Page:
NELLIS AIR FORCE BASE, Nev. — Stealth isn’t new in the Air Force. But, stealth combined with the multirole capabilities of the F-35A is proving to be a game changer in the Nevada desert.
Units from across the Air Force have converged here for Red Flag 17-01, the Air Force’s premier air combat exercise, which pits a friendly force against an aggressor force in scenarios designed to give pilots true-to-life experiences before heading into actual combat.
Military strategists have long noted that while the United States has invested heavily in combat aircraft technology, potential adversaries have pushed their capital toward advanced surface-to-air missiles in integrated air defense systems. Planners say any realistic large-force exercise must test the Air Force’s ability to survive and suppress these sophisticated systems.
That is what the Airmen of the 388th and 419th Fighter Wings bring to the fight with the combat capable F-35A Lightning II.
“During this Red Flag we’re training against the highest level threats we know exist,” said Lt. Col. George Watkins, 34th Fighter Squadron commander. “Just as we’re getting new systems and technology, the adversary’s threats are becoming more sophisticated and capable.”
Fourth generation aircraft, such as the F-16, F-15, F-18, A-10 and others, cannot operate in an environment where they are targeted by advanced anti-air systems with sophisticated radar and infrared capabilities.
Red Flag planners are tasking the F-35A with taking out these threats and the aircraft’s stealth capability is proving pilots can survive and operate effectively where others cannot.
“I flew a mission the other day where our four-ship formation of F-35As destroyed five surface-to-air threats in a 15-minute period without being targeted once,” said Maj. James Schmidt, a former A-10 pilot. “It’s pretty cool to come back from a mission where we flew right over threats knowing they could never see us.”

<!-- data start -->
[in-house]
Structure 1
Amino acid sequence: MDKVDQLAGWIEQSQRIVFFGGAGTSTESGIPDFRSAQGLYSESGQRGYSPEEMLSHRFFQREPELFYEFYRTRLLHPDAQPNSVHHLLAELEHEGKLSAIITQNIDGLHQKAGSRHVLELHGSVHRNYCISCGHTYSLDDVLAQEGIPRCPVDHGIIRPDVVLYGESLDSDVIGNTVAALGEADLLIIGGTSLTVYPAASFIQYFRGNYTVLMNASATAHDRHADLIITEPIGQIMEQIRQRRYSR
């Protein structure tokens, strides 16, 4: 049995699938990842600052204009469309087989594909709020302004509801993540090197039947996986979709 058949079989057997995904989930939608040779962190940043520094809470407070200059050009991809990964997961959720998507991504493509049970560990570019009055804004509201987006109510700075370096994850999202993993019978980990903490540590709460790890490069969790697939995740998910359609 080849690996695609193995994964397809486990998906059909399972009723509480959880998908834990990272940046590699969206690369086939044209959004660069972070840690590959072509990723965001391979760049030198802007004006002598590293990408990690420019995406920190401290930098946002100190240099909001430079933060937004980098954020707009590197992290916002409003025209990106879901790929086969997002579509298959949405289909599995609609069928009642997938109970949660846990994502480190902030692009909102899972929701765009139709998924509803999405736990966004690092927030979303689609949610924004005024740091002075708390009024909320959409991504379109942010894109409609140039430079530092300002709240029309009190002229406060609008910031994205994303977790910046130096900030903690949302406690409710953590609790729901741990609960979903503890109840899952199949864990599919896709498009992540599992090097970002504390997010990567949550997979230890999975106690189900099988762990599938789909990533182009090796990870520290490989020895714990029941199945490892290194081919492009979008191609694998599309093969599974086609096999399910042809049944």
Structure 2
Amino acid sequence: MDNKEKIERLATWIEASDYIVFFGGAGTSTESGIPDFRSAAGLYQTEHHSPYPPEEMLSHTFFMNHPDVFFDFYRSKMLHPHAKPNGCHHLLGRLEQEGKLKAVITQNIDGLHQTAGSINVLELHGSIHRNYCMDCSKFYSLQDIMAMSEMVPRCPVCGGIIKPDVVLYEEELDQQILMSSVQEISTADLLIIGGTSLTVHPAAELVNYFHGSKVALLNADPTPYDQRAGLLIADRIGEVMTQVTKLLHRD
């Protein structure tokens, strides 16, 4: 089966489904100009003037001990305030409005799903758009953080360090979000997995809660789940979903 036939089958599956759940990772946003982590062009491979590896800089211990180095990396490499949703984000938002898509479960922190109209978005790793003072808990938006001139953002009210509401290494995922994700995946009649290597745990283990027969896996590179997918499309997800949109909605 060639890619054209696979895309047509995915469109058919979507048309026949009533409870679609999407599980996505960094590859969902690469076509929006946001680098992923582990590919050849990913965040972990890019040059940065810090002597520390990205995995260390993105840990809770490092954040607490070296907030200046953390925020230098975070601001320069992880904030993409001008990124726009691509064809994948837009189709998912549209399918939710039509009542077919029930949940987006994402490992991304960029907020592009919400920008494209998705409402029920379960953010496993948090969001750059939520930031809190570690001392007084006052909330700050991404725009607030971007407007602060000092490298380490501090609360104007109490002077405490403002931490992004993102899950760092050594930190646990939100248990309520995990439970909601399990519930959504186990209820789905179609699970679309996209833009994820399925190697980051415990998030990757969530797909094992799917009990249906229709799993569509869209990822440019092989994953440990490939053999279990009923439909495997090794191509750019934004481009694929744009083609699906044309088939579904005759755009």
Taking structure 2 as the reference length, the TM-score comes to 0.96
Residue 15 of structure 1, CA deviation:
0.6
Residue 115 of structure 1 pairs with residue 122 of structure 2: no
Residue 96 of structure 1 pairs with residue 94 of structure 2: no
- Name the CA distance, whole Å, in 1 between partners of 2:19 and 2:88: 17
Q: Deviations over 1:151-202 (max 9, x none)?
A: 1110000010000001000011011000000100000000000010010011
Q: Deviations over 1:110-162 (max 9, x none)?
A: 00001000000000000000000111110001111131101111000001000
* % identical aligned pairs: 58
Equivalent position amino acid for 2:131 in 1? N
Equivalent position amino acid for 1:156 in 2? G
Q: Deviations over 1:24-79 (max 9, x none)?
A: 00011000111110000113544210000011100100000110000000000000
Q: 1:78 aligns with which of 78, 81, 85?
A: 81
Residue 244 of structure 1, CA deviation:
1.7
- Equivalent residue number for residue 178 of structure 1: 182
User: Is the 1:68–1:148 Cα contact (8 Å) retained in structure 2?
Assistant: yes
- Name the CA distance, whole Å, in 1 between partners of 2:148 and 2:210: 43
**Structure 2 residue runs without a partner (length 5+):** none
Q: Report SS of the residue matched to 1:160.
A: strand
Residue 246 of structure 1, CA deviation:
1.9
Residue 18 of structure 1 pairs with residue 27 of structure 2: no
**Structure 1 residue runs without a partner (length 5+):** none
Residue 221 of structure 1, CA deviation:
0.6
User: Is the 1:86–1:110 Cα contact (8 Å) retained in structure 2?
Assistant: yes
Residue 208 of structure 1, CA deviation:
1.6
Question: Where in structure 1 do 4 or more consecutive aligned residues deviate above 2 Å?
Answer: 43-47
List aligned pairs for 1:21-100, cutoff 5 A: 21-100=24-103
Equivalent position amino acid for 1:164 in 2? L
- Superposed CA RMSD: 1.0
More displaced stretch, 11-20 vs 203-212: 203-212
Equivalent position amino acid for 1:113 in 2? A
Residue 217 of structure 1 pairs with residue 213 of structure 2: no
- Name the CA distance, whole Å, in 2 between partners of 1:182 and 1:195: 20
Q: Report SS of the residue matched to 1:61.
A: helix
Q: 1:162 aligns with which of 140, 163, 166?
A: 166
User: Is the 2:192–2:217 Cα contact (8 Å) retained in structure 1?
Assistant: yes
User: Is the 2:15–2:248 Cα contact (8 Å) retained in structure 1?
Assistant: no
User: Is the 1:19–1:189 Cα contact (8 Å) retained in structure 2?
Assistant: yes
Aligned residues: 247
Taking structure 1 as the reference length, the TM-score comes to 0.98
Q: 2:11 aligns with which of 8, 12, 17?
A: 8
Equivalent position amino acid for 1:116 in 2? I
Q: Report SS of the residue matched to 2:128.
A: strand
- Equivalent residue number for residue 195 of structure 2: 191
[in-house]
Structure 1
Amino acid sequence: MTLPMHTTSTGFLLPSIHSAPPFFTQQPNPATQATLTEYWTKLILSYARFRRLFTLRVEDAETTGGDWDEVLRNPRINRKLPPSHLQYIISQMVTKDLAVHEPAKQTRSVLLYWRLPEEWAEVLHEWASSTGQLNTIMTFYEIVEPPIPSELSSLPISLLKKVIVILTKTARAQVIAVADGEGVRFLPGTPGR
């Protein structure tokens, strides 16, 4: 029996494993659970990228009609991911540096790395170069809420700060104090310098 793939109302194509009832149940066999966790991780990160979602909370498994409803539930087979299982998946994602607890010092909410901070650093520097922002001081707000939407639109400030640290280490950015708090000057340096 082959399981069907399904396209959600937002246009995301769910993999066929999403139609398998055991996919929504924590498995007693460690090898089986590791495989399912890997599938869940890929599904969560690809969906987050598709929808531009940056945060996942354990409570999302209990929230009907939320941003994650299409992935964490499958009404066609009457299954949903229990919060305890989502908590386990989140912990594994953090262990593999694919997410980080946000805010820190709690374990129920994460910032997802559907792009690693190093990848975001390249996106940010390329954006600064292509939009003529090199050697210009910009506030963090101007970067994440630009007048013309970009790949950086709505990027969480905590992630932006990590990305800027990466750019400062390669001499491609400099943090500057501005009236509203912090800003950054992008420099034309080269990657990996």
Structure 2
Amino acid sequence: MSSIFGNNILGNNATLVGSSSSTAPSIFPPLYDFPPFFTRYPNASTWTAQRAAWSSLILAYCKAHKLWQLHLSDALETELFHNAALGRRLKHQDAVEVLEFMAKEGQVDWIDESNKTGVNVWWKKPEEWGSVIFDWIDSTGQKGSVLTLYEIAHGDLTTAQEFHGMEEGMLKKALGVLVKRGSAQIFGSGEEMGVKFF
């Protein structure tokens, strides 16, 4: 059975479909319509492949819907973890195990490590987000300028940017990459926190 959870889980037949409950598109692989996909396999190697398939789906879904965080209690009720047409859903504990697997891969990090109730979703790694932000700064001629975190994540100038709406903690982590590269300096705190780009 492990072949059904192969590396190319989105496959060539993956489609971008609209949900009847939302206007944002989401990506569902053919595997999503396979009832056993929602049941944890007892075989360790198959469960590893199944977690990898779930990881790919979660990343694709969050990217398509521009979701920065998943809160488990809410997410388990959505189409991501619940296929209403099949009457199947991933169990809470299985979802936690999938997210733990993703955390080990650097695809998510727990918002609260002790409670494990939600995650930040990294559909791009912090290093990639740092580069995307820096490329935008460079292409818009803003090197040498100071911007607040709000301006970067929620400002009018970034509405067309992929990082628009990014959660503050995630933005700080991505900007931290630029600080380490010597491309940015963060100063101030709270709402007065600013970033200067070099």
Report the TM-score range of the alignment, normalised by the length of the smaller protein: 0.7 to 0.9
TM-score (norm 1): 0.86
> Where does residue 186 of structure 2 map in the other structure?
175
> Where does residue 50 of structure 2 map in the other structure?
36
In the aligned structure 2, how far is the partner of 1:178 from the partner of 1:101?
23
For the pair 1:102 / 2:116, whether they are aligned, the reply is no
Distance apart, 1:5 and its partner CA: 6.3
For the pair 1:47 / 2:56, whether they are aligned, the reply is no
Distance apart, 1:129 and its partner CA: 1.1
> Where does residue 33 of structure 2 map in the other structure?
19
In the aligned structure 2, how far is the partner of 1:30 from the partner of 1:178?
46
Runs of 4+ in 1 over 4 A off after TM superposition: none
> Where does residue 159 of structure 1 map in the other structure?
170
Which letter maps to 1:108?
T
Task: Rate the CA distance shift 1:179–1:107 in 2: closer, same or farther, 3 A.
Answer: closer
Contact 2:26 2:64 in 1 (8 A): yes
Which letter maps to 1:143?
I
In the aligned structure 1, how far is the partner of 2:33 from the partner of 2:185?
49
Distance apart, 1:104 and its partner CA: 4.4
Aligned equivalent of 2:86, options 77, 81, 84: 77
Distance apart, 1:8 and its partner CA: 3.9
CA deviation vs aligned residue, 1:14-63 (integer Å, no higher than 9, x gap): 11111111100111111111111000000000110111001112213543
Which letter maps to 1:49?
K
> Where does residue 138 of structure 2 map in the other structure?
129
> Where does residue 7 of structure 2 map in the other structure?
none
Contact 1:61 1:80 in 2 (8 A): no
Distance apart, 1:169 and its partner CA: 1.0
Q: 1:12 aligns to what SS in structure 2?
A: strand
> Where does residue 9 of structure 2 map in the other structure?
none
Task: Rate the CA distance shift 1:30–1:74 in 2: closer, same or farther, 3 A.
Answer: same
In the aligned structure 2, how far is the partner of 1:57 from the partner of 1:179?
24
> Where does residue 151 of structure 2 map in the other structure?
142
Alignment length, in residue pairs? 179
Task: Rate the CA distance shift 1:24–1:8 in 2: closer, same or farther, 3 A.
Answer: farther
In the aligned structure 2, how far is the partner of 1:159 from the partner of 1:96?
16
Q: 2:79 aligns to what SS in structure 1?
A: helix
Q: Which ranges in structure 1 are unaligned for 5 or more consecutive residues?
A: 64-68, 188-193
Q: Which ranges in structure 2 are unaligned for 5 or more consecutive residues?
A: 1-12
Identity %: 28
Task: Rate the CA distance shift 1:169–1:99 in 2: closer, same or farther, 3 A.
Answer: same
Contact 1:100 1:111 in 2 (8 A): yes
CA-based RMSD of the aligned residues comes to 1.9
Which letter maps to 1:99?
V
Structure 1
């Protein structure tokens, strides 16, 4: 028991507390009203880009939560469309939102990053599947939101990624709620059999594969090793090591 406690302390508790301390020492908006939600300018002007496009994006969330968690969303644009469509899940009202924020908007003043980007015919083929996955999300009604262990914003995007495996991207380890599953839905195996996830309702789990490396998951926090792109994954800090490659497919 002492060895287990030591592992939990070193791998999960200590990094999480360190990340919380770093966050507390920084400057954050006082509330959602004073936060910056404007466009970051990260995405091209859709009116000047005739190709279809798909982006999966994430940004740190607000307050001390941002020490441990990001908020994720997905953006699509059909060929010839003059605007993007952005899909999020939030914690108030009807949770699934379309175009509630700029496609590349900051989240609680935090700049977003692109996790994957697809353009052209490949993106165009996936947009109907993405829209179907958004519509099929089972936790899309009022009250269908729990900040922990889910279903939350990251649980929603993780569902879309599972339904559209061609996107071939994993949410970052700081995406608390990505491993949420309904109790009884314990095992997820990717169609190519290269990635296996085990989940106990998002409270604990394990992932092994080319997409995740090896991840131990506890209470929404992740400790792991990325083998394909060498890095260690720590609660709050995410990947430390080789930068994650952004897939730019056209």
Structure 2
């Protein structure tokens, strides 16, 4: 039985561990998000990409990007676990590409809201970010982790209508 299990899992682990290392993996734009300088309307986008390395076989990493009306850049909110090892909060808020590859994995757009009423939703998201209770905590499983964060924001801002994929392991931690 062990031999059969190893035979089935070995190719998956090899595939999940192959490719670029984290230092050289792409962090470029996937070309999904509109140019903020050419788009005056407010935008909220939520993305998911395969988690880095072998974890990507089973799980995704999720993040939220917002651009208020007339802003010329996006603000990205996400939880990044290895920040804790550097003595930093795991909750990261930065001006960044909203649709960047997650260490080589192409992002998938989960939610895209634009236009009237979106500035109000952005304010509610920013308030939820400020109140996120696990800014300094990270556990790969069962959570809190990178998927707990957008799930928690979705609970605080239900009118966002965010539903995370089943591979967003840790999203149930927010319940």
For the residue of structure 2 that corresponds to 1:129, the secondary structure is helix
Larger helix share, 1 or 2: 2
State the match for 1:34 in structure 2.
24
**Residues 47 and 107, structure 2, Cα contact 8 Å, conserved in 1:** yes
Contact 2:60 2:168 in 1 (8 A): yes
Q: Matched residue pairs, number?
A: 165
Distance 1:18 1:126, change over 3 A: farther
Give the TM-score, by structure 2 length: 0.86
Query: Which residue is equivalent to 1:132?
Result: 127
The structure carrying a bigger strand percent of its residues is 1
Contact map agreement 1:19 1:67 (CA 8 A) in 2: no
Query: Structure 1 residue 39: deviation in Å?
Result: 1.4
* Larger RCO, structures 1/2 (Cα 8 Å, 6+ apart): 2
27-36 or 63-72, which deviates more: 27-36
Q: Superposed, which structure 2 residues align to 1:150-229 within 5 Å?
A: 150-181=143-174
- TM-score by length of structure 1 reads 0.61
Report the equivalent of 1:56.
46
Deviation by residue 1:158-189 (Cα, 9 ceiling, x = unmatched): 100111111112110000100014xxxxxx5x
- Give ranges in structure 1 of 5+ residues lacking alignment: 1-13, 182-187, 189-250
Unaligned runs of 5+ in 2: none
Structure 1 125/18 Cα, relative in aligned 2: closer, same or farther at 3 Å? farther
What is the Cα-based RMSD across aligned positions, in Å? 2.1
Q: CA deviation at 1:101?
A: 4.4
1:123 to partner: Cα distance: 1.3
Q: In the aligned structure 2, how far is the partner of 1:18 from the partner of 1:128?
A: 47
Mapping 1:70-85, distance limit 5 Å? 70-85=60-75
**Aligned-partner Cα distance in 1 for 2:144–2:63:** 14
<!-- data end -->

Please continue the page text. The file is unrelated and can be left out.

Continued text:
In past Red Flags, the friendly force did not have the capability to directly target advanced SAM threats with an aircraft like the F-35A. Exercise planners would engage the targets with long range “standoff” weapons – like Tomahawk missiles – before sending aircraft in to the fight.
“We would shoot everything we had at that one threat just to take it out. Now between us and the (F-22) Raptor, we are able to geo-locate them and precision target them.” Watkins said. “With the stealth capability of the F-35A we can get close enough to put a bomb right on them. That would be impossible with a fourth-generation aircraft.”
After taking out the ground threats, the multirole F-35A is able to “pitch back into the fight” with air to air missiles, taking out aircraft that don’t even know they’re there, Schmidt said.
This is the largest exercise to date for the combat pilots of Hill’s 34th Fighter squadron and they’re learning to believe in what the multirole fighter can do in combat, said Maj. Shad Stromberg, a reserve F-35 pilot with Hill’s 419th Fighter Wing.
“After almost every mission, we shake our heads and smile, saying ‘We can’t believe we just did that’,” Schmidt said. “We flew right into the heart of the threat and were able to bring all of our jets back out with successful strikes. It’s like we hit the ‘I Believe’ button again after every sortie.”